Cupit C, Armstrong N. (2021) A win-win scenario? Restrictive policies from alternative standpoints. Journal of Health Organization & Management 35(9): 378-384

Brown KJ, Armstrong N, Potdar N. (in press, available online) Fertility preservation discussions in young women with breast cancer: a qualitative study of health care professionals' views and experiences. Human Fertility

Doe G, Chantrell S, Williams M, Steiner MC, Armstrong N, Hutchinson A, Evans RA. (2021) Breathless and awaiting diagnosis in UK lockdown for COVID-19…We’re stuck. npj Primary Care Respiratory Medicine 31, 21 

Cupit C, Rankin J, Armstrong N. (2021) Taking sides with patients using institutional ethnography. Journal of Organizational Ethnography 10(1): 21-35

Armstrong N. (2021) Overdiagnosis and overtreatment: A sociological perspective on tackling a contemporary healthcare issue. Sociology of Health & Illness 43(1): 58-64

Paton A, Armstrong N, Smith LK, Lotto R. (2020) Parents' decision-making following diagnosis of a severe congenital anomaly in pregnancy: practical, theoretical and ethical tensions. Social Science & Medicine 266: 113362

Mackintosh N, Armstrong N. (2020) Understanding and managing uncertainty in healthcare: revisiting and advancing sociological contributions. Sociology of Health & Illness 42(S1): 1-20

Hinton L, Armstrong N. (2020) "They don't know themselves, so how can they tell us?": Parents navigating uncertainty at the frontiers of neonatal surgery. Sociology of Health & Illness 42(S1): 51-68

Cupit C, Rankin J, Armstrong N, Martin G. (2020) Overruling uncertainty about preventative medications: the social organisation of healthcare professionals’ knowledge and practices. Sociology of Health & Illness 42(S1): 114-129

Armstrong N. (2019) Navigating the uncertainties of screening: the contribution of social theory. Social Theory & Health 17(2): 158-171

Armstrong N. (2018) Overdiagnosis and overtreatment as a quality problem: insights from healthcare improvement research. BMJ Quality & Safety 27: 571-574

Lotto RR, Smith LK, Armstrong N. (2018) Diagnosis of a severe congenital anomaly: a qualitative analysis of parental decision-making and the implications for healthcare encounters. Health Expectations 21:678-684

Armstrong N, Brewster L, Tarrant C, Dixon R, Willars J, Power M, Dixon-Woods M. (2018) Taking the heat or taking the temperature? A qualitative study of a large-scale exercise in seeking to measure for improvement, not blame. Social Science & Medicine 198: 157-164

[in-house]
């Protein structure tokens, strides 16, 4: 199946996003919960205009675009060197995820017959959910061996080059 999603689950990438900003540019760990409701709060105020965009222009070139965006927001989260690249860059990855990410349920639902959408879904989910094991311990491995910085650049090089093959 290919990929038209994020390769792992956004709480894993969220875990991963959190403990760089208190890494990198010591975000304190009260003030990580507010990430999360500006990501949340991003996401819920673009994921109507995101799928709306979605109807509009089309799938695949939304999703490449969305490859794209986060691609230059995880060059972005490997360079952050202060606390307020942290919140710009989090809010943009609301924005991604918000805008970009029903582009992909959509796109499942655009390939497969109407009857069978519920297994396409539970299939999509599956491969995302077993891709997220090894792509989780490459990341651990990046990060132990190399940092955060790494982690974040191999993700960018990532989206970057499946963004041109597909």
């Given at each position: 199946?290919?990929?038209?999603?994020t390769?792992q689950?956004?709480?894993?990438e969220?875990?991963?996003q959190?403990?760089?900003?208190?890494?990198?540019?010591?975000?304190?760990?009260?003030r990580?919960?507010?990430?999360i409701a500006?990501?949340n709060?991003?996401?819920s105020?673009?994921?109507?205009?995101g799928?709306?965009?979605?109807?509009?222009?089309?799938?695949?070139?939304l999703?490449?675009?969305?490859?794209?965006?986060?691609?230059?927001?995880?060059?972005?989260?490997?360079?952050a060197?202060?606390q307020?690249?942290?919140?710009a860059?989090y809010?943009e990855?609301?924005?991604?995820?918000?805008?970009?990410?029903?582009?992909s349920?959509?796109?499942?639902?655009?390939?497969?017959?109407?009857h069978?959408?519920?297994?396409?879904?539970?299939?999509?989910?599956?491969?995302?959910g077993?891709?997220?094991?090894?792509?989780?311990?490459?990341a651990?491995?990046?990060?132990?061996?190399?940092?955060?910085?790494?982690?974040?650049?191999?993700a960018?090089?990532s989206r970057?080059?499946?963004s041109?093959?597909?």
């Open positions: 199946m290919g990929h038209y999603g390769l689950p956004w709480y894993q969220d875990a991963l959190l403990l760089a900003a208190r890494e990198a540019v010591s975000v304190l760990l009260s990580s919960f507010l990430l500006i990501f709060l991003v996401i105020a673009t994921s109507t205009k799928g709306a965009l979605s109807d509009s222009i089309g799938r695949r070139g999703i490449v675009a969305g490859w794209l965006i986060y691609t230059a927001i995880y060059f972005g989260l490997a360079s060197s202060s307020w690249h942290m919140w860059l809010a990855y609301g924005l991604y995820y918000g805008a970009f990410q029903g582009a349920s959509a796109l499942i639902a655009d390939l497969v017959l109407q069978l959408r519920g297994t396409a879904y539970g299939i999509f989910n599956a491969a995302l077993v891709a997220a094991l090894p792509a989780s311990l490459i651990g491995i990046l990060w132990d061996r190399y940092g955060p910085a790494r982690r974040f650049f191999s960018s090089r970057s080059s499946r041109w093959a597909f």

Brewster L, Tarrant C, Willars J, Armstrong N. (2018) Measurement of harms in community care: a qualitative study of use of the NHS Safety Thermometer. BMJ Quality & Safety 27: 625-632


I am an experienced PhD supervisor and have supervised ten students to completion to date, three of whom were awarded their degrees without revisions. 

I am able to supervise students working in the area of healthcare improvement research who wish to use social science theory and/or methods in their work.  

My current students are working on the following topics:

  • Deprescribing within the care home setting for patients with limited capacity: Achieving a person-centred approach
  • The challenges of seeking to avoid overdiagnosis and overtreatment - exploring defensive practice
  • Accounting for and explaining ‘not doing’ within healthcare
  • Maternal and paternal futures: responsibilisation practices in the preconception period to ensure health outcomes for babies
  • Non-invasive prenatal testing in fetal anomaly screening: issues of informed choice and reproductive autonomy
  • A state of emergency: workforce wellbeing in the Emergency Department


I provide teaching and project supervision to the following courses/modules:

  • MSc Quality and Safety in Healthcare
  • MRes in Applied Health Research 
  • Population and Social Science (PASS) module for the MBChB
  • Intercalating medical student project supervision

Press and media

I can be contacted by journalists as an expert on the following:

  • Healthcare quality and safety
  • Critical public health